- The European Union is facing a series of economic and political challenges
- Recent trade disputes only add to a long list of issues
- Investors may consider a “wait-and-see” approach to European stocks
These have been challenging times for the European Union (EU), both economically and politically. Recent events, including the planned exit of Great Britain from the European Union and the growing political strength of populist and nationalist candidates, have raised both short- and long-term questions about the future of this organization of diverse nations.
The 28-member European Union represents the world’s second largest economic entity, accounting for 22% of global Gross Domestic Product (GDP). This number trails only the U.S., which accounts for 24% of global GDP. 1
In 2017, European countries experienced a period of economic growth. Last year’s economic output in the EU grew by 2.4% to a total of nearly $18 trillion based on the current exchange rate. 2 By comparison, U.S. GDP grew by 2.2% to $19.5 trillion in 2017.3 EU companies represent approximately 20% of the market cap of the FTSE All-World index. 4
European economic growth tapers off
After experiencing robust growth in 2017, European economic growth has slowed this year, and it is not clear whether this slowdown is temporary or something more persistent. After posting five straight quarterly growth rates of 0.7%, the EU’s pace in this year’s first quarter fell to 0.4%.5
Surveys of investor confidence in the EU and expected economic growth have fallen sharply due to rising trade friction.
Trade continues to be important to the EU economy. According to the 2015-2016 factbook from the Organization for Economic Cooperation and Development (OECD), exports totaled 44% of its GDP and imports totaled 41%. The U.S. is the EU’s largest trading partner, consuming 20% of its exports.
The ripple effect of the EU’s political issues
Fast approaching on the political calendar is March 29, 2019, the effective date of “Brexit,” when the United Kingdom (UK) officially leaves the EU. The UK’s exit from the EU may have a significant impact on the region’s broader economy. Although its 2017 economic growth of 1.8% lagged behind the overall EU, the UK economy accounts for 15% of total EU GDP. 6 It is the second largest economy behind only Germany.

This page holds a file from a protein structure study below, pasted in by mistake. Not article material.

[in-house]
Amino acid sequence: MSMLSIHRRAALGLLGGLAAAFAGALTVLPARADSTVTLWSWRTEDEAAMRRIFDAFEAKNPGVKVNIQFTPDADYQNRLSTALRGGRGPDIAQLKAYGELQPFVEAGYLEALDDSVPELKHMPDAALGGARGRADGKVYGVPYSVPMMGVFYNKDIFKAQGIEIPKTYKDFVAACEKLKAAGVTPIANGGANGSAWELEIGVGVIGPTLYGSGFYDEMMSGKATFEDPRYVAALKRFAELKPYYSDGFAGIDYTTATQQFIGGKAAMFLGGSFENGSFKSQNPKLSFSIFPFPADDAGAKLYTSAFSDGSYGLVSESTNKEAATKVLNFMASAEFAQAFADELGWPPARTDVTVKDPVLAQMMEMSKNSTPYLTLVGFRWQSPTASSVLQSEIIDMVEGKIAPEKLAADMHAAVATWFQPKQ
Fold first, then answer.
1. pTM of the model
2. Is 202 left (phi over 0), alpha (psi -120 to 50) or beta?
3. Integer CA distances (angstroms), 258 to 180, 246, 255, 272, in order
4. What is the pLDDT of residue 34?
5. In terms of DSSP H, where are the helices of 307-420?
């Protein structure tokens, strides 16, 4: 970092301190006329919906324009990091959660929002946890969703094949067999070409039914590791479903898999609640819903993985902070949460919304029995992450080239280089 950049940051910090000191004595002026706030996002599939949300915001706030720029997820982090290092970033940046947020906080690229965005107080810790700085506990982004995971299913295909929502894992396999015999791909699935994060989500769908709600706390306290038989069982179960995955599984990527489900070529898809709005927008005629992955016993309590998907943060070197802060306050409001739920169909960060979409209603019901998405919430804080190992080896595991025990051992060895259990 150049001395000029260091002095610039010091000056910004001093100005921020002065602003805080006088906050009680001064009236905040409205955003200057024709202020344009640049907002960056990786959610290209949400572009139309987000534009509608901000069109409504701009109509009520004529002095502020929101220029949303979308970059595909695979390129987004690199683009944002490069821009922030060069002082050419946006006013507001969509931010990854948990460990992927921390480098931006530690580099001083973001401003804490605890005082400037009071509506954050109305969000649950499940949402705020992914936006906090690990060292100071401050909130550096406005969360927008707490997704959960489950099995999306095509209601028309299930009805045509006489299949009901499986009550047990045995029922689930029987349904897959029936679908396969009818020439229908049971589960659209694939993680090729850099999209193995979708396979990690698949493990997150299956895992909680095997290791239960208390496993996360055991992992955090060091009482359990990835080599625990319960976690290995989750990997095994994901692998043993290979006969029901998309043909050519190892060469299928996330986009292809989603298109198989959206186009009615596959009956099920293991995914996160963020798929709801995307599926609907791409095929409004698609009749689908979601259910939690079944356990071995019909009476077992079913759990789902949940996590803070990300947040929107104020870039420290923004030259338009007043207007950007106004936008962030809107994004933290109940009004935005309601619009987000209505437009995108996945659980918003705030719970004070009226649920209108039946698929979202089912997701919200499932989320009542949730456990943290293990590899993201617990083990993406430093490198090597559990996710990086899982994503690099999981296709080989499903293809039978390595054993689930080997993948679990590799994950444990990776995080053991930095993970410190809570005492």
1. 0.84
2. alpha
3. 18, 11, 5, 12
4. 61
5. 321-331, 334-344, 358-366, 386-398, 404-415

While nine months may seem like sufficient time to formalize the details of the future relationship between Britain and the EU, the clock is ticking. Many issues remain unresolved – even within the British government itself – regarding trade and customs, the border between Northern Ireland and the Irish Republic, and the ability of EU citizens to travel to Britain for work.
The political uncertainty in Europe extends to Italy as well, where the new government is attempting to reconcile its campaign promises to ramp up fiscal spending with the realities of the budgetary discipline required of EU members. Italy is also confronted with slow economic growth and high debt levels. Its fiscal intentions could clash with the EU when the government submits its 2019 budget in early October, and markets are nervous. Although currently below their highest levels, the country’s bond yields remain elevated from when the new government was formed in May.
In Germany, the economic stalwart of the EU, Chancellor Angela Merkel’s coalition government is experiencing infighting over immigration policy. The DAX stock index (a benchmark index of German stock market performance) fell 4.7% in the first half of 2018, and business sentiment in that country has declined. 7
Central banks playing a role
Monetary policy is also slowly evolving toward normalization. The European Central Bank (ECB) recently announced that its quantitative easing bond buying program, which began in 2015 to boost economic growth, will start to be phased out at year-end.
Typically when central banks keep interest rates flat or lower, the purpose is to help spur economic growth. In an effort to keep economic growth from stalling, the ECB also promised to keep interest rates unchanged for roughly the next twelve months.
Stock markets reflect concern
This has been a year of lackluster performance for Europe’s stock indices. One broad measure of EU equity performance is the Europe Stoxx 600 index, which has struggled this year. The broad index fell 2.4% in the first half of 2018, while the more narrowly-defined Eurozone specific Stoxx 50 index has declined by 3.1%.6
European stocks are currently priced at a discount compared to U.S. investments.
With a price-to-earnings (P/E) ratio of 14.5 times earnings8 based upon expected 2018 results, European stock prices are relatively low. This compares to a current P/E ratio of 17 times earnings for U.S. stocks.8 The cheaper valuation for European stocks reflects, in part, lower expectations for corporate profit growth in Europe in the coming months.
A cautious outlook for European stocks
The Ameriprise Global Asset Allocation Committee has reduced its exposure to European equities as the EU sorts through its challenges. Improving economic growth after the early year slowdown would certainly support the investment case for Europe, and there was some evidence of this at the end of the second quarter. Forecasts for full-year economic growth in Europe have generally held steady at more than 2%.9 Nevertheless, with forecasts of faster growth in both economic activity and corporate earnings in the U.S., the immediate outlook for domestic stocks looks relatively more attractive.
To determine the best investment approach for your portfolio, be sure to consult with your financial advisor to review how the current environment applies to your circumstances.